When Heidi Carman arrived at the Moscone Center in March, she didn’t bring proof of her eligibility to receive a COVID-19 vaccine. Instead, she brought her 3-year-old, wispy-coated golden retriever named Kerith.
The pair arrived at the thrumming epicenter of The City’s COVID operation to support the exhausted ranks of health-care workers and city employees. For months, the wiggly, 57-pound therapy dog has showed up to put smiles on masked faces and provide a temporary escape from the stress of serving the public during a global pandemic.
But now Kerith and a growing number of certified therapy animals are working on the frontlines of yet another crisis: California’s wildfires. Over the past few weeks, therapy dogs have made regular appearances at the Dixie and Caldor Fire base camps, providing early morning belly rubs and much-needed relief to firefighters.
“I couldn’t imagine how positive the dogs were going to be until I saw for my own eyes,” said Cal Fire Battalion Chief Jeremy Sanders, adding that the dogs provide a rare sense of normalcy amid the extraordinary circumstances.
Firefighters often spend weeks away from their families, working grueling hours under extreme conditions. But despite the pressures of their jobs, talking openly about mental health can feel like a bridge too far. That’s where organizations like First Responder Therapy Dogs come in, planting slobbery kisses on smoke-streaked faces, and helping to break down stigmas about mental health.
“It’s so simple, it’s just petting a dog,” said Carman. “But she’s so good at what she does. … It’s an invaluable service.”
Carman founded the Bay Area-based nonprofit in January after spending last fire season with Kerith at Marin County’s Woodward Fire.
“I realized there was going to be a really, really big need for therapy dogs at the wildfire base camps,” she said.
This need has only escalated as new fires, exacerbated by a historic drought and a warming climate, continue to ravage the West. There are currently 15,000 firefighters battling 16 major fires across the state. Since January, wildfires have burned over 1.8 million acres, according to Cal Fire.
But Carman’s dogs are not just showing up to the scorched scenes of wildfires. From station visits at the San Francisco Police Department to meet and greets with rescue crews clearing the rubble of the condo collapse in Surfside Florida, Carman’s therapy dogs are serving first responders across the nation who are working around the clock to keep others safe.
“The past 18 months have really taken a toll on emergency responders,” said Officer Robert Rueca, spokesperson for the SFPD, referencing the pandemic and the police killing of George Floyd. But when Kerith showed up at the Ingleside station last month, Reuca said she lifted spirits and allowed officers to feel human again. “It’s this emotional and very basic response to our humanity that can’t be replaced by human interaction,” he said.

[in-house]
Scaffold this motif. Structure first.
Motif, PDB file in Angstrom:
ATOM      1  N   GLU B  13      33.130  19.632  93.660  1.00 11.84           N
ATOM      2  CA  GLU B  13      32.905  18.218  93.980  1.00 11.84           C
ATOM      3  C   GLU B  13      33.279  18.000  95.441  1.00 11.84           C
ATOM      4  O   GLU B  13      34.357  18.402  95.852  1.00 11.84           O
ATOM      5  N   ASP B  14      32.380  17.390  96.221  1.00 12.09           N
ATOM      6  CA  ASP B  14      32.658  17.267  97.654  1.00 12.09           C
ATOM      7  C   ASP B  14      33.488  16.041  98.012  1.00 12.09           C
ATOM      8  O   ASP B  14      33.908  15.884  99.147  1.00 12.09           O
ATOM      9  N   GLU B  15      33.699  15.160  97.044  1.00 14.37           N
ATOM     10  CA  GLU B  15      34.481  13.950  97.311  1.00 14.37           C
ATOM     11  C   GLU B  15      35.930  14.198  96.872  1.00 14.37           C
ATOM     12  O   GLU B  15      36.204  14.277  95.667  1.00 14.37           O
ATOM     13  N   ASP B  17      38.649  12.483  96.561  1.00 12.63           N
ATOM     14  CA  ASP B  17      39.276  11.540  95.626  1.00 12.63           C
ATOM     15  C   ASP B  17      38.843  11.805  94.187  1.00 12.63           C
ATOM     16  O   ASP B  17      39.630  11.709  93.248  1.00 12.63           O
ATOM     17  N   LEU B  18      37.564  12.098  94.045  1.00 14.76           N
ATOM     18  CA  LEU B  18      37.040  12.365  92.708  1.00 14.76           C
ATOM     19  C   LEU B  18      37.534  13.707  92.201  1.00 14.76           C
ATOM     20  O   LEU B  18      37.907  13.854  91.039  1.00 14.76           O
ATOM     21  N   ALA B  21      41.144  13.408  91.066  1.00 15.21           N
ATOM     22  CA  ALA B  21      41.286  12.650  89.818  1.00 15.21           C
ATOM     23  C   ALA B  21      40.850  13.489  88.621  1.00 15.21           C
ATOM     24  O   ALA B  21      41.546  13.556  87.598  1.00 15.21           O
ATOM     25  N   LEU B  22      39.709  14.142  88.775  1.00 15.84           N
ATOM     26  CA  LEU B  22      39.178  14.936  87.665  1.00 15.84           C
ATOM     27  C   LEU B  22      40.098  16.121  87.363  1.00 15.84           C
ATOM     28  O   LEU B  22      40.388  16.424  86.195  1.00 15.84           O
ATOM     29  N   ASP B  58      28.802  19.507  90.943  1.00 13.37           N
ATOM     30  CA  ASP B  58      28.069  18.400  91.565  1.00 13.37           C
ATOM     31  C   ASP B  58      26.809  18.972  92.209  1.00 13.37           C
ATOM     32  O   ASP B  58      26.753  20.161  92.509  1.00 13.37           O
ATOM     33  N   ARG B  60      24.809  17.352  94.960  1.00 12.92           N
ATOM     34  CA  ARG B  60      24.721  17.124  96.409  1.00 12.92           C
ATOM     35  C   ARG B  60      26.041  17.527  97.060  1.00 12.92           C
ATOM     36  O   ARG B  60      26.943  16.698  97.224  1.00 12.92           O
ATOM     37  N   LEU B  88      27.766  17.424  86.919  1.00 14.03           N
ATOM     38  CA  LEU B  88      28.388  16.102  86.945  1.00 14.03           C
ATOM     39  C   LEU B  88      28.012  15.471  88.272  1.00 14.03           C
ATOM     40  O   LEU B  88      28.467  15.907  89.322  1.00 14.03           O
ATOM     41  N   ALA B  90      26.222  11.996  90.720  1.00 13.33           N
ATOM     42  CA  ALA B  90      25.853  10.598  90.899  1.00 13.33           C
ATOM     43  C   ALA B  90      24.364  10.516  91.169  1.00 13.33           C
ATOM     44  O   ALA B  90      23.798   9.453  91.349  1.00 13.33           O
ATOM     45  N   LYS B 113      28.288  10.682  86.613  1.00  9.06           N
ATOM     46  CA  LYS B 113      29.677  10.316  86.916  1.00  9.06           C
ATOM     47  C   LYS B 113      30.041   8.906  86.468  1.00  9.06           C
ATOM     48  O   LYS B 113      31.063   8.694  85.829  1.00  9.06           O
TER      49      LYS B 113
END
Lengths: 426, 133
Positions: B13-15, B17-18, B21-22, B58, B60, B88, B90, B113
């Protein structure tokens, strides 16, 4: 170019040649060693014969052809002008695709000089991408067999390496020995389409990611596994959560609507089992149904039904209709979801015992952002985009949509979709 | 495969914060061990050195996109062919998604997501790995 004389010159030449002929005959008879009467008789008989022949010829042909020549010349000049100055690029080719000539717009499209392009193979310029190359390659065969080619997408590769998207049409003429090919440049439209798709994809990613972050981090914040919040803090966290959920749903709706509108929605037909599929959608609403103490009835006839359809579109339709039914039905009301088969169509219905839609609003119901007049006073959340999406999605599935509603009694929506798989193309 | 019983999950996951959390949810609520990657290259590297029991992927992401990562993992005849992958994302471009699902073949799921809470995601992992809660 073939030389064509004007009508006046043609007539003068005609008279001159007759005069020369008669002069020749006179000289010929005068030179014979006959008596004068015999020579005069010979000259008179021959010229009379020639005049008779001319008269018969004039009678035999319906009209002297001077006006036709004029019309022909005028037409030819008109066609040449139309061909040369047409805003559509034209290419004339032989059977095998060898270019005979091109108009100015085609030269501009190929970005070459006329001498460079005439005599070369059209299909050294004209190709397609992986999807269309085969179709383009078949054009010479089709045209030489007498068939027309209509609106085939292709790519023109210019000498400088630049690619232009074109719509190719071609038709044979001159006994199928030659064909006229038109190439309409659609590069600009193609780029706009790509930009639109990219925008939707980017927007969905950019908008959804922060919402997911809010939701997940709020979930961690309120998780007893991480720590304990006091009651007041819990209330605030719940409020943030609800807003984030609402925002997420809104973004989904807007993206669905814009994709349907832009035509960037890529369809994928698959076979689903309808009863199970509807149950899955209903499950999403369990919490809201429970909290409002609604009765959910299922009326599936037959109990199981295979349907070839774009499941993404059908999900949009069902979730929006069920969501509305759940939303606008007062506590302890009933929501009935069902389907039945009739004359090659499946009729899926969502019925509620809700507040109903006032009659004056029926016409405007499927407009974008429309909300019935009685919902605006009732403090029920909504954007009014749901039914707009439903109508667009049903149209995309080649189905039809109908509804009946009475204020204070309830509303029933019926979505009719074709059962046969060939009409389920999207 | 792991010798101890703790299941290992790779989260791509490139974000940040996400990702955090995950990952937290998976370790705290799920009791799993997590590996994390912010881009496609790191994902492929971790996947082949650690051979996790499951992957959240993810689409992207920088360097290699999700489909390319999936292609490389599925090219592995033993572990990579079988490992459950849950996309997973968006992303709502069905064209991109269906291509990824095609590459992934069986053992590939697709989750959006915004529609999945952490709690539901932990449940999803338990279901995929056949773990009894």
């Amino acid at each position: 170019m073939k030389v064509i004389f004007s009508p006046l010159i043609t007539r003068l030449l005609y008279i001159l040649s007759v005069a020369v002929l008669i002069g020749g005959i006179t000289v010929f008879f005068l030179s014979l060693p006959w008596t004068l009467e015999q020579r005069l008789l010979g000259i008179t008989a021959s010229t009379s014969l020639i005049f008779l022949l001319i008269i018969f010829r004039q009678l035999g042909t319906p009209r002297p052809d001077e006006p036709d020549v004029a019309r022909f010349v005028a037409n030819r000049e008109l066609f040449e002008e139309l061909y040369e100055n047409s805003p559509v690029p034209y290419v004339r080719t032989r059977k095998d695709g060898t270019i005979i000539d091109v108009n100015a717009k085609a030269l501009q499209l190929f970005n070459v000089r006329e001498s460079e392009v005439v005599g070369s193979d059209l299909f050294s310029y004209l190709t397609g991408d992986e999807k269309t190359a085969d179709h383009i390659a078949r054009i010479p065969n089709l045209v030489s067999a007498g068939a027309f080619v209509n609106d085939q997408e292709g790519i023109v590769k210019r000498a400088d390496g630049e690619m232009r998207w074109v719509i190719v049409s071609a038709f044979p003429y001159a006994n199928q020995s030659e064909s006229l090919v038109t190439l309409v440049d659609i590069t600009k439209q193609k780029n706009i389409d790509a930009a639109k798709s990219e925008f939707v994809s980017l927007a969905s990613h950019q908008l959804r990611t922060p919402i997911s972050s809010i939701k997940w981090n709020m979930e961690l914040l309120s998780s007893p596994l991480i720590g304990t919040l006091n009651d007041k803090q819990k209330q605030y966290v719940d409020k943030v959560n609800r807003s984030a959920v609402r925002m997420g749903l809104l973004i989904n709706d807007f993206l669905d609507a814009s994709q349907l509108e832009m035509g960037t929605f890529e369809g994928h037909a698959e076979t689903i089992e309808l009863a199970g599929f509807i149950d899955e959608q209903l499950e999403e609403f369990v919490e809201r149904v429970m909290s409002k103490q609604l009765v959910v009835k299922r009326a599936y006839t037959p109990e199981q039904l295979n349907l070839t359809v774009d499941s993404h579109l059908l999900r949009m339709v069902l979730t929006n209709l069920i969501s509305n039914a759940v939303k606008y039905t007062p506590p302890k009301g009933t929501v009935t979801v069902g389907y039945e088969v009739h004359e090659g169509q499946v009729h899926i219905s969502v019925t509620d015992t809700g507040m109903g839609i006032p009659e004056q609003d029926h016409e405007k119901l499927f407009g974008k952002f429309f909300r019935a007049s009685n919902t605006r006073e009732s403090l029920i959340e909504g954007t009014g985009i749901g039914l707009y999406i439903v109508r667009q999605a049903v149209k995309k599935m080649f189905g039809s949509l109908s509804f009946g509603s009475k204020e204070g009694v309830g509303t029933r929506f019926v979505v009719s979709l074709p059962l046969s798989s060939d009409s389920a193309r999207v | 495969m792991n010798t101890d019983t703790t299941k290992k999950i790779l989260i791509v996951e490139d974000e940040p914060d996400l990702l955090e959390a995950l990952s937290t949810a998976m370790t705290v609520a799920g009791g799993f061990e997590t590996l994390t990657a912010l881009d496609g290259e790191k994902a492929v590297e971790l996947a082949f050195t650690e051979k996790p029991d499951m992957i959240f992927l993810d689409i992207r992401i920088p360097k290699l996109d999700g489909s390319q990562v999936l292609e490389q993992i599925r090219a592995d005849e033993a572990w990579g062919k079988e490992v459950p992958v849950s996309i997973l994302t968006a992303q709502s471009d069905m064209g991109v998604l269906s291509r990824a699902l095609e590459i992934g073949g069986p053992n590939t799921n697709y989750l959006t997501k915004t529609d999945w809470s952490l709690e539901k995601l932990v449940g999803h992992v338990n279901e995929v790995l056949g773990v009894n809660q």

Petting a dog may sound trivial, but studies show that interacting with dogs can release hormones that play a part in elevating mood. It can also slow breathing and lower blood pressure. “What people don’t talk about, or know about maybe, is the dopamine and oxytocin that you get, scientifically,” said Sanders of Cal Fire.
Sanders, who recently traded fieldwork for his current role assisting firefighters with behavioral and emotional health, is a testament to the strides the agency has made in addressing mental health within its ranks. “We’re changing the stigma slowly,” he said.
But there’s more work to do. Law enforcement officers and firefighters are still more likely to die by suicide than in the line of duty, according to the Centers for Disease Control and Prevention, which noted that such deaths are likely underreported and the data on suicide rates and mental health among first responders remains scant.
“These guys and gals are seeing things that you and I could never fathom. They’re seeing property loss. They’re seeing loss of life,” said Kyle Winberg, a dog handler for First Responder Therapy Dogs, who spent Monday morning at the Caldor Fire coffee line with his yellow lab, Wolf. “A lot of times these guys, they have no choice but to kind of shove it down because that’s the only way they can get through it.”
But the beauty of bringing the dogs to base camp, he said, is that even for a fleeting moment, it can take people out of crisis mode. “Wolf is there to kind of just get them back in the game,” said Winberg. “We’re kind of cheerleaders in a lot of ways.”